06MS3 C2. (a) The formula of oleic acid is CH3(CH2)7CH=CH(CH3)7COOH. Using R to represent CH3(CH2)7CH=CH(CH3)7, show the structure of the triglyceride formed from this acid.  (b) Explain why some triglycerides that are liquid at room temperature become solids when they are completely hydrogenated. 
05NS3 C2. (a) The general formula for saturated fatty acids is CnH2nO2. The molecular formula of linoleic acid is C18H32O2. (i) Determine the number of carbon to carbon double bonds in linoleic acid.  (ii) Iodine number is defined as the number of grams of iodine that adds to 100 g of a fat or an oil in an addition reaction. Determine the iodine number of linoleic acid.  (b) (i) State one structural similarity between fats and oils.  (ii) Explain, by referring to their structures, why fats are solid at room temperature, but oils are liquid.  (c) When a fat is reacted with aqueous sodium hydroxide, soap and one other product are formed. (i) State the condition required for this reaction.  (ii) Draw the structural formula of the other product. 
B.5 Micronutrients and Macronutrients
B.5.1 - Outline the difference between micronutrients and macronutrients
- Micronutrients are substances required in very small amounts (mg or ug) and that mainly function as a co-factor of enzymes (<0.005% body weight). Examples include vitamins and trace minerals (Fe, Cu, F, Zn, I, Se, Mn, Mo, Cr, Co and B).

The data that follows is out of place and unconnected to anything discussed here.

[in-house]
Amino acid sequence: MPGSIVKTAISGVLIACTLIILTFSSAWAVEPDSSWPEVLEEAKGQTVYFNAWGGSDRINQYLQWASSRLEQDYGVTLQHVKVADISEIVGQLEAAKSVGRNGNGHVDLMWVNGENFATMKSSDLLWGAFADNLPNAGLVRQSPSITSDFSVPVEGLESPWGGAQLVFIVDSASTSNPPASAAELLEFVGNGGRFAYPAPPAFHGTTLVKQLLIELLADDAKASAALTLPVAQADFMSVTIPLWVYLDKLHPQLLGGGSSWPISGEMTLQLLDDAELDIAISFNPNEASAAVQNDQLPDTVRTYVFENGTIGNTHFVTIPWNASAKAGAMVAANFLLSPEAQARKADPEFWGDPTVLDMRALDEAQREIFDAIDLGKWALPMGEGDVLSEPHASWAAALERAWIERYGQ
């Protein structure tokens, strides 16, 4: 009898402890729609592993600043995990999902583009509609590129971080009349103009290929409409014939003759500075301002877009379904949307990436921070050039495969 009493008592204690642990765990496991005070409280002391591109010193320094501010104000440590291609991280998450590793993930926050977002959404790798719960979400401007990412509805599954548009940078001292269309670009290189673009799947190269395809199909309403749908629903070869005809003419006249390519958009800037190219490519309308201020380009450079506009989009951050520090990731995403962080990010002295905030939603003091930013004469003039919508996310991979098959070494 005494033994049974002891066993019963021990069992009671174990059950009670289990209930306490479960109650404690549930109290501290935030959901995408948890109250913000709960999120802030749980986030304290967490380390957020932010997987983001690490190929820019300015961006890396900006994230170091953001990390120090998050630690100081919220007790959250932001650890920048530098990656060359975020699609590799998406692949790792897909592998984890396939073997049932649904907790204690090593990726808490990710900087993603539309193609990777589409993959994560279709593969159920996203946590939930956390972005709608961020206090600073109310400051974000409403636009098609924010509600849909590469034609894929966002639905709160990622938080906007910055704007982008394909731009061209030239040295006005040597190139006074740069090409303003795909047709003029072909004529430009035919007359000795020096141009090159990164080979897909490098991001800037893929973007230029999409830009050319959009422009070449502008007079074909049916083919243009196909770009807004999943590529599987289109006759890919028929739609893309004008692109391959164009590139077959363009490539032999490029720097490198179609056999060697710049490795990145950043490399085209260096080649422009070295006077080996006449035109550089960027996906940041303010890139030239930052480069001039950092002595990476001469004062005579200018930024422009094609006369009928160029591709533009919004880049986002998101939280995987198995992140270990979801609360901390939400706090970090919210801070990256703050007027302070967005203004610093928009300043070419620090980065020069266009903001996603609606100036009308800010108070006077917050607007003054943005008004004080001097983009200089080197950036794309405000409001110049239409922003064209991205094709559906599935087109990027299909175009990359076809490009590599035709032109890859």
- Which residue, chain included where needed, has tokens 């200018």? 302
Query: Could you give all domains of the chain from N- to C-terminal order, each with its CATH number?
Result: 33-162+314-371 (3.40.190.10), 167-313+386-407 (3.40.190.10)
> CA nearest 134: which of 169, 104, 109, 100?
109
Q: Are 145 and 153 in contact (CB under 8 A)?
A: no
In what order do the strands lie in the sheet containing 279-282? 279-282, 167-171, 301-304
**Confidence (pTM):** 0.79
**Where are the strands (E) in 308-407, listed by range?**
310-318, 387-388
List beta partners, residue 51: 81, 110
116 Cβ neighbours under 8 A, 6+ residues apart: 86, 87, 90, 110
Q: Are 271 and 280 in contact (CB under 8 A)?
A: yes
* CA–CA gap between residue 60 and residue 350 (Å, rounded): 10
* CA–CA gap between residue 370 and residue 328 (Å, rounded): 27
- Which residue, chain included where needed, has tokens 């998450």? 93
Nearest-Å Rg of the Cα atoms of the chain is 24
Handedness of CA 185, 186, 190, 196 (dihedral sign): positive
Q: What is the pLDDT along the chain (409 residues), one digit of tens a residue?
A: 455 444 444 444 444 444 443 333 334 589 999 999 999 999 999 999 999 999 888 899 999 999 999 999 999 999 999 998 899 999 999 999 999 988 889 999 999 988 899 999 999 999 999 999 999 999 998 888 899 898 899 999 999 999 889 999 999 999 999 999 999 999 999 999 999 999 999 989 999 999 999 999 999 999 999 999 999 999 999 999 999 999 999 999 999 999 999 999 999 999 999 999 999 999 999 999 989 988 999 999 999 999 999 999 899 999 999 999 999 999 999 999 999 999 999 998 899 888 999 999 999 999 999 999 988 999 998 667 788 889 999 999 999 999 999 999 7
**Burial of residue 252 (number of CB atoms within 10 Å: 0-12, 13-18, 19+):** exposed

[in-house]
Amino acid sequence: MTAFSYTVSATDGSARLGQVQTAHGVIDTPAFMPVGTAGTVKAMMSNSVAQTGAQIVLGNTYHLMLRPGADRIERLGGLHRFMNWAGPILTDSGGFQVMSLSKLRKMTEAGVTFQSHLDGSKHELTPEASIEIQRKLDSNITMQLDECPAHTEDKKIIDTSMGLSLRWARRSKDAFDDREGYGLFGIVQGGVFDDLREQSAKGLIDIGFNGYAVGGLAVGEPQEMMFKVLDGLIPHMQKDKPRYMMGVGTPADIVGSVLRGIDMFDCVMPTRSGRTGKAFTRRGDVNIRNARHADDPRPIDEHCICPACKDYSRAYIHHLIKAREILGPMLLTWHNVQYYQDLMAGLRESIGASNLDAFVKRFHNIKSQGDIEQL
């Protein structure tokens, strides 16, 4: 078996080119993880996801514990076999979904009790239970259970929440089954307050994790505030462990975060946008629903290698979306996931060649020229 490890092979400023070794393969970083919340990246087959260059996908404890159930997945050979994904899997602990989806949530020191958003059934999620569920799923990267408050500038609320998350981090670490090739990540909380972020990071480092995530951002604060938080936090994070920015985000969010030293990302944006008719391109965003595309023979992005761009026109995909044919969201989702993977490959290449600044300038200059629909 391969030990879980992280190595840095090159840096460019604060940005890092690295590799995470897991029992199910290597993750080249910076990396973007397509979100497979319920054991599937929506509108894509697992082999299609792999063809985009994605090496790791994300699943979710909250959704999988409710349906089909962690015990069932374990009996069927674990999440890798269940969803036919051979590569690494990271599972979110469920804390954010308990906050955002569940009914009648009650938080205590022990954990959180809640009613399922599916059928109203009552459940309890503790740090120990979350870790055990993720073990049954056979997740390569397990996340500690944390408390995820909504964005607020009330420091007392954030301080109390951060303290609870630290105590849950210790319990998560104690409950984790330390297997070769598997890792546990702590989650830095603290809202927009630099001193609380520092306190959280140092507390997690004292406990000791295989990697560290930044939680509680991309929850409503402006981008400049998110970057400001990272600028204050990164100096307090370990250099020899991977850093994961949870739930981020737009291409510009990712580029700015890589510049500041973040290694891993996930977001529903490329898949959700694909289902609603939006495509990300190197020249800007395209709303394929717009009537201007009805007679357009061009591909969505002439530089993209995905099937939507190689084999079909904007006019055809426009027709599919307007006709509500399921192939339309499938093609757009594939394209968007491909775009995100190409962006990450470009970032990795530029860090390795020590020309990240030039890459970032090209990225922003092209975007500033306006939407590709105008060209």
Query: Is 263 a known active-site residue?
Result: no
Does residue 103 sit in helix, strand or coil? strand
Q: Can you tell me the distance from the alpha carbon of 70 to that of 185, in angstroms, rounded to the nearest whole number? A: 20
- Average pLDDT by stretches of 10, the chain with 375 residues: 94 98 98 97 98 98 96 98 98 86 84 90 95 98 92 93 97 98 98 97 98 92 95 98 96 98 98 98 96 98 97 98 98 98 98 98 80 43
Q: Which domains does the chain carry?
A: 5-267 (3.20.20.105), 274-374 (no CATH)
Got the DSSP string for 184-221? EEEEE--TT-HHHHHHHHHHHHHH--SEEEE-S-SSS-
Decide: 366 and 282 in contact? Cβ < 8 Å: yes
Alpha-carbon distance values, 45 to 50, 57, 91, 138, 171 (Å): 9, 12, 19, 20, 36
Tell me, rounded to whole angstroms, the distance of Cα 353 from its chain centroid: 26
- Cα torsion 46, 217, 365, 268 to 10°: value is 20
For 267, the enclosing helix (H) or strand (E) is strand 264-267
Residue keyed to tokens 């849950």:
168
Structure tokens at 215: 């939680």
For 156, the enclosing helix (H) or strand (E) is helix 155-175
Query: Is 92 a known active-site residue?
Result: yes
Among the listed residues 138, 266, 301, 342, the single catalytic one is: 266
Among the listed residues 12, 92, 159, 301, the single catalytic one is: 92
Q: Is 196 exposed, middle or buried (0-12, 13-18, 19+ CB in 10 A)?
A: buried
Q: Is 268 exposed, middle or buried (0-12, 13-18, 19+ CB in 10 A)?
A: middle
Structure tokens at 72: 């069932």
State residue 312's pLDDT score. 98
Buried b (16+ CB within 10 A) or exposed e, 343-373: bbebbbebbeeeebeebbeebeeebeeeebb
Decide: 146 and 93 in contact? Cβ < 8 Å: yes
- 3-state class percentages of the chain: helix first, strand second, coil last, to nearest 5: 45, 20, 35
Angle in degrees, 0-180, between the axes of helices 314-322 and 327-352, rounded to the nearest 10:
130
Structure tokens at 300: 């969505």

- Macronutrients are chemical substances that are required in relatively large amount (>.005% body weight). Examples include proteins, fats, carbohydrates, and minerals (Na, Mg, K, Ca, P, S and Cl)
B.5.2 - Compare the structures of retinol (vitamin A), calciferol (vitamin D) and ascorbic acid (vitamin C)
- Vitamin C - Has hydroxyl groups (4), Ester within in the ring, polar because hydroxl groups make it easy to dissolve in water.
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- Vitamin A - Only 1 hydroxyl group, long polyene chain. Has small polar parts, but overall non-polar (therefore doesn't dissolve in water, fat soluable)
- Vitamin D - Only one hydroxyl group. Some alkene groups, small parts are polar areas but overall no big difference. Overall non-polar due to the carbon chains and cyclocarbons.
B.5.3 - Deduce whether a vitamin is water or fat soluable from its structure Water soluble molecules have a high proportion of electronegative atoms in their structures. Fat soluble vitamins are relatively non-polar and consist mainly of hydrocarbon.
- Water-soluable are vitamins B and C
- Fat-soluable are vitamins A, D, E, K
B.5.4 - Discuss the causes and effects of nutrient deficiencies in different countires and suggest solutions. Micronutrient defiencies include:
- Iron - anemia
- Iodine - goitre
- Retinol (vitamin A) - Xerophythalmia, night blindness